Diary of a gardener: Rohanna Heyes

A week in the life of a gardener at RHS Garden Wisley.

Rohanna Heyes is in her second year of the two-year Wisley Diploma of Practical Horticulture. Her week at Wisley included giving an over-grown hedge a trim and preparing a bed for the sweet pea trial ... in the snow.


The yew hedge before trimmingWhat a great start to the week! After the long Easter break we finally had some proper heart-warming sunshine. And in that glorious sunshine, we began the much anticipated renovation of the yew (Taxus baccata) hedge that grows around the pavilion at the bottom of the Trials field. For some time it has been left, neglected into thinking it was an informal shabby-chic hedge, and today it got told otherwise.

First of all we assessed the hedge, deciding that we wanted to follow the line of the windows of the pavilion building, which will allow more light to enter the building. Then we put up a string line, set up from the point of reference, the pavilion window. From this guide we cut the top of the hedge, first cutting out all the thicker pieces using loppers, followed by a shave with a battery-powered hedge trimmer, and finally, finishing snips with secateurs. We used the same process for cutting the sides, using straight bamboo canes as vertical guides.


The yew hedge after trimmingWe continued the yew hedge renovation today. Besides it being enormous fun snipping away (think Edward scissor-hand topiary, minus the cuts), I also learnt some really interesting things about yew.

A small limb of yew weighs much more than you would expect for its size. That’s due to the heartwood, which when you cut across a limb, is the clearly seen as a dark, rose tea-coloured inner, consisting of resin-rich dense grain. This heartwood is surrounded by a much lighter coloured sapwood, which is highly elastic due to the properties of spring like spiral thickenings, known as tracheids.

The hedge looks a little sorry for itself with its new ‘short, back and sides’. It will soon pick up, however, as yew is one of the few conifers which responds well to hard pruning, and we weren’t even that mean. To give it a little encouragement, we will give it a feed, water and mulch. From here on in, future cuts should be easier. In the next cut a slight taper from the top to the bottom will be introduced, to ensure the hedge gets even light throughout, encouraging even growth.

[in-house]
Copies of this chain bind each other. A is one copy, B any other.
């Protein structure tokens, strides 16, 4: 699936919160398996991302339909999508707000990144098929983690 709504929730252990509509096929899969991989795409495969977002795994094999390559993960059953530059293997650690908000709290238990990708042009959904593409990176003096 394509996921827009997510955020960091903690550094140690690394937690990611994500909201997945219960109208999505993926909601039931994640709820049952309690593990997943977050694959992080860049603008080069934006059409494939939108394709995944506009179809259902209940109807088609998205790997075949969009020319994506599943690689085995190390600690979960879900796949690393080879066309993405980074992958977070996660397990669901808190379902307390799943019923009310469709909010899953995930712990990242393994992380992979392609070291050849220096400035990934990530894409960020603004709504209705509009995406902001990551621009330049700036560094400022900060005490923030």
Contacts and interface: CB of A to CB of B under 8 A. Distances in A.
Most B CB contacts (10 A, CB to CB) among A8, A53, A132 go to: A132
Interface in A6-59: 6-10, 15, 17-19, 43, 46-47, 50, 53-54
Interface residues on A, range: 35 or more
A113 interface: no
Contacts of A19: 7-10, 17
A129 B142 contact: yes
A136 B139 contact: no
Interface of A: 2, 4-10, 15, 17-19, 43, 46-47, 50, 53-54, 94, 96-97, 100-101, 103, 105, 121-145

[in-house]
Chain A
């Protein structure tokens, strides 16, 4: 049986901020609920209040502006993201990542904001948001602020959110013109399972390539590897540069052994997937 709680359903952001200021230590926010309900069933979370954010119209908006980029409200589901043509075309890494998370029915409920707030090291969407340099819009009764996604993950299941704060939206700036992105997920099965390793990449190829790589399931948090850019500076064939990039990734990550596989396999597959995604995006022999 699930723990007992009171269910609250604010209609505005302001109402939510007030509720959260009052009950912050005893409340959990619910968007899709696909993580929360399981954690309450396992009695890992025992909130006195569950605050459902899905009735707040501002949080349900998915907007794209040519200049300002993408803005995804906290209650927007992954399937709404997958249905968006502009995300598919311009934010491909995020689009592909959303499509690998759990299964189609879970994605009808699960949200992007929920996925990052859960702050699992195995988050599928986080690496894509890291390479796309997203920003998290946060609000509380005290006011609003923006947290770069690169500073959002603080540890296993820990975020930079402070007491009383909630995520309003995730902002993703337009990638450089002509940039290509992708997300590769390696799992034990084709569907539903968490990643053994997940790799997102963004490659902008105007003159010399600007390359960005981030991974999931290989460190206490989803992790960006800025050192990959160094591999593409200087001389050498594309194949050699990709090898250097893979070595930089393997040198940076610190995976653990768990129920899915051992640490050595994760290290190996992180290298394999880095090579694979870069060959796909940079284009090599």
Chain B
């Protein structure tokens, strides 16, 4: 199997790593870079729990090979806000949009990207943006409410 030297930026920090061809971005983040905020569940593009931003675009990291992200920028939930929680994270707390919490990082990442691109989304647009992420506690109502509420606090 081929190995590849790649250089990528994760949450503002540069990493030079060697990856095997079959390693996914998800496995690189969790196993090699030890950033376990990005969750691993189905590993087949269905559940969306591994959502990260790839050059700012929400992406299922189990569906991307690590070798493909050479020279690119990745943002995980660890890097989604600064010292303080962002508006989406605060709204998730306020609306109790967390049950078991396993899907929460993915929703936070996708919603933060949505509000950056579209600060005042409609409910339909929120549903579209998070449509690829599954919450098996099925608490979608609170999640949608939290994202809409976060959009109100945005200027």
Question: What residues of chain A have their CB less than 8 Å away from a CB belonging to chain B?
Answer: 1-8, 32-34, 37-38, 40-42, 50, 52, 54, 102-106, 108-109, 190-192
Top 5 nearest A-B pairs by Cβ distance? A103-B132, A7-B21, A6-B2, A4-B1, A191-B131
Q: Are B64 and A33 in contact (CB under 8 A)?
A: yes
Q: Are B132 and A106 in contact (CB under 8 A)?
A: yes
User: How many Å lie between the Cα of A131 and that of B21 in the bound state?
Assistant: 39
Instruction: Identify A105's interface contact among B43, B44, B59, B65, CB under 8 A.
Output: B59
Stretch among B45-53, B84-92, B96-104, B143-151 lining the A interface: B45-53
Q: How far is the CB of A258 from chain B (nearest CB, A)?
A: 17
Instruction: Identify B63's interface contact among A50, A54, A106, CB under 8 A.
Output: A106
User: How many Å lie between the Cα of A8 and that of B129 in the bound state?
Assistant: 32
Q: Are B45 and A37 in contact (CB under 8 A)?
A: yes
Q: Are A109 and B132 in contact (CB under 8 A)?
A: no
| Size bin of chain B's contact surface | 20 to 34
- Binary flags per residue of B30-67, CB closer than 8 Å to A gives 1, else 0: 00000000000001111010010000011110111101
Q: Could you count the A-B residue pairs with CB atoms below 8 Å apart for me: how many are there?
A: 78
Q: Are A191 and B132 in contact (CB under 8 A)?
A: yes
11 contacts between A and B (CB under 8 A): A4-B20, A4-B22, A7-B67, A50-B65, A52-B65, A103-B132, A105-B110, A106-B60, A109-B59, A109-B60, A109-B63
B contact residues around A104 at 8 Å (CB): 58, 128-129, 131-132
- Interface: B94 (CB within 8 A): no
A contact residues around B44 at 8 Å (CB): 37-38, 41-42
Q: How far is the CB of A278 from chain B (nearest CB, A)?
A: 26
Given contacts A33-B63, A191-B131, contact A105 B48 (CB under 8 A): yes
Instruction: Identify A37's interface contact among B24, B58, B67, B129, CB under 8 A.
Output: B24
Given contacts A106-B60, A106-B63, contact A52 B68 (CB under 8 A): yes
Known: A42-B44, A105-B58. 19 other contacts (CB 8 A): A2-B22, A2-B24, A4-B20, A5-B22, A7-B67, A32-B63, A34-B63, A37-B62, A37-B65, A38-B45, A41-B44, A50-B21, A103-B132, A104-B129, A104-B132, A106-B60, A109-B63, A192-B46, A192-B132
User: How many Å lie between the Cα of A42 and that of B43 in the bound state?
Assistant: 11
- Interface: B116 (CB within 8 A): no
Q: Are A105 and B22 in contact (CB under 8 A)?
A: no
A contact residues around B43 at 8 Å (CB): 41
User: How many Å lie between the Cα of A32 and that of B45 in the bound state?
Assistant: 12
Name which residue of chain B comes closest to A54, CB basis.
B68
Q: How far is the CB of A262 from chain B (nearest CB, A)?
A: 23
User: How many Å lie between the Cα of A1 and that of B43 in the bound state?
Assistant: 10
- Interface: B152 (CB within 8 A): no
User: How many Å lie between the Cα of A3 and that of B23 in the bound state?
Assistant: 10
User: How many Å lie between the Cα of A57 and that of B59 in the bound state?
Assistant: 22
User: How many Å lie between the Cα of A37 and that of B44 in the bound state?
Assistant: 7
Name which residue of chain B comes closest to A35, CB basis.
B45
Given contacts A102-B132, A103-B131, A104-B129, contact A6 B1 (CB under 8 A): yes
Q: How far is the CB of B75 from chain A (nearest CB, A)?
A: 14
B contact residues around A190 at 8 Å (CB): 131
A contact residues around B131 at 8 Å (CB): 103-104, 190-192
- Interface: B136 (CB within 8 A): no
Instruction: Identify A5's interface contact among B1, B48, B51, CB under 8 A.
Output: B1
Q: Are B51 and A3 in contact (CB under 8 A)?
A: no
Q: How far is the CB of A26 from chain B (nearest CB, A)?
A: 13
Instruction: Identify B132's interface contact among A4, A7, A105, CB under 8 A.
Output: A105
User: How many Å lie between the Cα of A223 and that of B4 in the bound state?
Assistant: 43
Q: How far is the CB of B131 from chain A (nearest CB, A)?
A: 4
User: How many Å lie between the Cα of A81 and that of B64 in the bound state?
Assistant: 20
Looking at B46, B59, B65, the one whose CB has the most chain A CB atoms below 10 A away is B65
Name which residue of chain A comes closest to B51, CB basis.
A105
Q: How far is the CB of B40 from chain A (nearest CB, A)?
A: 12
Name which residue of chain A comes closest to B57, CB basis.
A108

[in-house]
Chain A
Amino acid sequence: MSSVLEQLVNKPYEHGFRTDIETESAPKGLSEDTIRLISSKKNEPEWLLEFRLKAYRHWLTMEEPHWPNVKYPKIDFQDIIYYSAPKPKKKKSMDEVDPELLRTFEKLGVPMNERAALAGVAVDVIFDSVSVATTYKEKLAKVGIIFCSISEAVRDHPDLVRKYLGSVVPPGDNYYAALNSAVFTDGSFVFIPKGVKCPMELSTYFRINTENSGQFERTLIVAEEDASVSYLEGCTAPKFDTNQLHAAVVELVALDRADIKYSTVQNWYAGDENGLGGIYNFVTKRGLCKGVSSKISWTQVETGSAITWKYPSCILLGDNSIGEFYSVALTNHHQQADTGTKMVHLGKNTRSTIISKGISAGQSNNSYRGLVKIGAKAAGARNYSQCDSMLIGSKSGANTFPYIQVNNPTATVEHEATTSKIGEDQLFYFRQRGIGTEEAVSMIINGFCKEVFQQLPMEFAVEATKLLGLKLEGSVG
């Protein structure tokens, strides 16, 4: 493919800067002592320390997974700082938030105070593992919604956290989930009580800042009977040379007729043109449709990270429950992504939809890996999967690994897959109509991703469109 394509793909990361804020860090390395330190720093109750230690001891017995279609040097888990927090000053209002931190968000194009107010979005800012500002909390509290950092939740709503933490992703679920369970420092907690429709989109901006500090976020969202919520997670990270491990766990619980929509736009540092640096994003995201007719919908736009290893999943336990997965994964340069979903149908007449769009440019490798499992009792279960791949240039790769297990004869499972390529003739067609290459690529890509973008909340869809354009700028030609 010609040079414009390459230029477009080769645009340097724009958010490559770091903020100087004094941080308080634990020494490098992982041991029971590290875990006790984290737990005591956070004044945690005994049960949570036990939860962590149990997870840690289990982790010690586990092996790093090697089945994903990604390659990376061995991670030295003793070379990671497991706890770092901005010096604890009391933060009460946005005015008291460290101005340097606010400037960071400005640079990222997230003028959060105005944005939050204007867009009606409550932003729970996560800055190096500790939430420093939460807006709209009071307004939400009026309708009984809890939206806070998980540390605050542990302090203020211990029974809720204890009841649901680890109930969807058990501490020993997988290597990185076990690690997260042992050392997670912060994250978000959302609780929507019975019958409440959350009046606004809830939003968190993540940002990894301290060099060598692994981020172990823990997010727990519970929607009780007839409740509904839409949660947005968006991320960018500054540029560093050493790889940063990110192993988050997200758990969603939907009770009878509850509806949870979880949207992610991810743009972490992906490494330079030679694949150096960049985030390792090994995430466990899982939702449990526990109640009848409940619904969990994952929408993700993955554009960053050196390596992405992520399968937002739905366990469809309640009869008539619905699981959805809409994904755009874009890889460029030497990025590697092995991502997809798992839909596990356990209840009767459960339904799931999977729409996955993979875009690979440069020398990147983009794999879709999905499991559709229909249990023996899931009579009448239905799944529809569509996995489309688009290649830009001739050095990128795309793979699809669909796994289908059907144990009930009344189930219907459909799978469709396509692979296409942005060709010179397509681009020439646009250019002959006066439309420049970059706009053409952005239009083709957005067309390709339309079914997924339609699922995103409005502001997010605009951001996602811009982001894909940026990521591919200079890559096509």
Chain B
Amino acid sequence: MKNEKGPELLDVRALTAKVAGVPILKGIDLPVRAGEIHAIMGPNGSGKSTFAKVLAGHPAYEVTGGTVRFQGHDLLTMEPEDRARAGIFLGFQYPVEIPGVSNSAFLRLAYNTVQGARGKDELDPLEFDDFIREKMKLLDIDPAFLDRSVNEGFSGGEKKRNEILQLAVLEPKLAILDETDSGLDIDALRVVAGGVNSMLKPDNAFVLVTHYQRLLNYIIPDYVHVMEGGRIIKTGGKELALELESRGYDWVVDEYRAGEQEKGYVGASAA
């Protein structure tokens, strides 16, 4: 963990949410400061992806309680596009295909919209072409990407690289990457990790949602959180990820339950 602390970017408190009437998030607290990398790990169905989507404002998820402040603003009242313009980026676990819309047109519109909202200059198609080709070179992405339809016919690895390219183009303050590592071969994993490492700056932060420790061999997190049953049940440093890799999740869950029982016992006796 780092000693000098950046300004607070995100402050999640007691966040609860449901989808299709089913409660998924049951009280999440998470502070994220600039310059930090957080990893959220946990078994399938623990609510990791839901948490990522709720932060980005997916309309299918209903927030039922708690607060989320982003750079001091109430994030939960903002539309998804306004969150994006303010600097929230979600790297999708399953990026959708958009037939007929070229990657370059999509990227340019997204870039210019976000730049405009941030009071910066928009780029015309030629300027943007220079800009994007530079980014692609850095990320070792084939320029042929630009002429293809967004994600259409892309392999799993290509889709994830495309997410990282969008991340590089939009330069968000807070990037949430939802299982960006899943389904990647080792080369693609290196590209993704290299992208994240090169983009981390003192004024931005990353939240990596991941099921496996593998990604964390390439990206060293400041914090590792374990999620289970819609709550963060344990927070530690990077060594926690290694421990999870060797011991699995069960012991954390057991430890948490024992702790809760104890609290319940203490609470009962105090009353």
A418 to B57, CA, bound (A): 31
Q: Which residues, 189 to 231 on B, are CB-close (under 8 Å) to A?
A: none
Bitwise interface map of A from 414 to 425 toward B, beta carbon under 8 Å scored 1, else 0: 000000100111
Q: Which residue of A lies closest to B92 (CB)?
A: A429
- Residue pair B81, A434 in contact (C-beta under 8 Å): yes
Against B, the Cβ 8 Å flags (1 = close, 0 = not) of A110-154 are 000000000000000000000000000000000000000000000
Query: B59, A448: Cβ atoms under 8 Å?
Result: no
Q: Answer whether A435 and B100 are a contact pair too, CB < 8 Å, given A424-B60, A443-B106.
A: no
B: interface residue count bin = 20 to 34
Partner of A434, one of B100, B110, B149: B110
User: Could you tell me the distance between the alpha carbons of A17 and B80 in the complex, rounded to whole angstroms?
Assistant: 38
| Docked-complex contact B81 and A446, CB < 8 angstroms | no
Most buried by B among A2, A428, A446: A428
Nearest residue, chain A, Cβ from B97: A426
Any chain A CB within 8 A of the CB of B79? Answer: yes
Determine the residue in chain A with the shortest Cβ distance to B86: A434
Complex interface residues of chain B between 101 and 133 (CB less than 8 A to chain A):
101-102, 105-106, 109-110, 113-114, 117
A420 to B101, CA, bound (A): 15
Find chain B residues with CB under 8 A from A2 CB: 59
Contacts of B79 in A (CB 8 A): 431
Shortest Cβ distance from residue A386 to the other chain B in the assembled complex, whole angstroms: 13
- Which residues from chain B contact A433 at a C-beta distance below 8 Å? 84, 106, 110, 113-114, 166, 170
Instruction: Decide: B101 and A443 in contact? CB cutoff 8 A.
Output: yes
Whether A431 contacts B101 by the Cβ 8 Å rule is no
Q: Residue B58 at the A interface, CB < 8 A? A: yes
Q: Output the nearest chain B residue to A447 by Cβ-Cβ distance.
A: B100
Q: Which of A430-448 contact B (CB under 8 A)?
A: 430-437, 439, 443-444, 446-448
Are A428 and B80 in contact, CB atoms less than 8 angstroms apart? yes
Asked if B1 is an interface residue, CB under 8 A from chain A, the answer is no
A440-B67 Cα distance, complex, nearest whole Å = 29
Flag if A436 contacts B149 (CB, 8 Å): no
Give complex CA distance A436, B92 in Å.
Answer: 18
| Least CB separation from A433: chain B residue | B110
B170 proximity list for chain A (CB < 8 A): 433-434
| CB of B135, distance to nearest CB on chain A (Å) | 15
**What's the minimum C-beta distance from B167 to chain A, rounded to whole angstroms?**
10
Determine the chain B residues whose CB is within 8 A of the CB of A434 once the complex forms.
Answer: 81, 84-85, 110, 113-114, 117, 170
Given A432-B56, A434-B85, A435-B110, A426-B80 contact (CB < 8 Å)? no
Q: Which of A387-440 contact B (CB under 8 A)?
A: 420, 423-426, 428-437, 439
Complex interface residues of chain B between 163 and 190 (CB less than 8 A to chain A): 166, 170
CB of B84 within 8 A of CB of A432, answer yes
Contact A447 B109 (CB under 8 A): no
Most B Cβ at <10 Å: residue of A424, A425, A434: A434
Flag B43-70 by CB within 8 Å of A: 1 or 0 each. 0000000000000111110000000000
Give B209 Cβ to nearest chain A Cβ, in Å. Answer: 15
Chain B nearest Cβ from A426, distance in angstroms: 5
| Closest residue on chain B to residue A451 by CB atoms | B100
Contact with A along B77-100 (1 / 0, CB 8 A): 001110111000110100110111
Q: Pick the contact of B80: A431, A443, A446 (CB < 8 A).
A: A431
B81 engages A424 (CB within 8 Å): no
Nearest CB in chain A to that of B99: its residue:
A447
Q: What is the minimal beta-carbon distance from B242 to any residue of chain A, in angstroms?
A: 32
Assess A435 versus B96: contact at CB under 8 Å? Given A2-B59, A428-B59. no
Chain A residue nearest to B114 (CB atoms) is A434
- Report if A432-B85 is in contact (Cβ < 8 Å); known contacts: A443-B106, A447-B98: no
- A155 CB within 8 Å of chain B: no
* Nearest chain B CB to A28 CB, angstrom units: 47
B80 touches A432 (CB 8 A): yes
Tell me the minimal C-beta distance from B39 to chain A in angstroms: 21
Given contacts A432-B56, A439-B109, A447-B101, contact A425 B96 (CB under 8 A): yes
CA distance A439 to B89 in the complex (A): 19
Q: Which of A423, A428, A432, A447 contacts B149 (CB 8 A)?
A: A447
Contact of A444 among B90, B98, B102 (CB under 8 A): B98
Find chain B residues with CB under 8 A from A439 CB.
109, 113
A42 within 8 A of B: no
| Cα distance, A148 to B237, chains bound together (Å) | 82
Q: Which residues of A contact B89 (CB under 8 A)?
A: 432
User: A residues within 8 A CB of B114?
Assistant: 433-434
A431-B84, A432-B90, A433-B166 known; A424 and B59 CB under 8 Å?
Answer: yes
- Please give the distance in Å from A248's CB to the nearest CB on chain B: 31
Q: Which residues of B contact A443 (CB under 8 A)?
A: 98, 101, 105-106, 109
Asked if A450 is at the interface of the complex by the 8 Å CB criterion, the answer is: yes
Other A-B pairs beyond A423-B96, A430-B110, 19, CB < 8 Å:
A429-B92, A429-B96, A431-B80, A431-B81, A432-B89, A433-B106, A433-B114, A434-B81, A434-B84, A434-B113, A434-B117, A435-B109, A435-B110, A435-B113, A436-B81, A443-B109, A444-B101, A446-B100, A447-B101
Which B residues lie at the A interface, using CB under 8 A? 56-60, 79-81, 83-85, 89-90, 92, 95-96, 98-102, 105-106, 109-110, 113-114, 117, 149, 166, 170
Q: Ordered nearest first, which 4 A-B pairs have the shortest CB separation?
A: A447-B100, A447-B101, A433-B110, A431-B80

Here comes the snowHat, coat, scarf and gloves off, and a quick cuppa as the Trials Team gather for the quick morning meeting. Someone mentions the word 'snow'. The day’s jobs are briefly discussed, then it’s back on with the winter layers and out the door into the frosty air to gather tools for the day ahead. Today we are working in a small group, preparing the bed for growing the sweet pea trial. We banged posts, laid irrigation, tucked in landscape fabric and put up fences. All in a day’s work for us Wisley gardeners ... and that snow did arrive after all.


Making a new edge around the hedgeYay it’s Friday, which means not only is tomorrow Saturday, but tomorrow I will be in Nice, as in the south of France. I’m going on an RHS Bursary trip visiting gardens in Nice and northern Italy; and though rain is forecast it’s likely to be about 10C warmer than it is here. This calls for a celebration so I have sugar coated biscuits and coffee for breakfast, ‘how very continental’, I tell myself.

Today I revisited the yew hedge. The grass around needs a new edge to match the new sharp looking hedge. Once we finish, we’ll mulch and feed the hedge. By then it will closer to Saturday, closer to Nice, and hopefully closer to spring.

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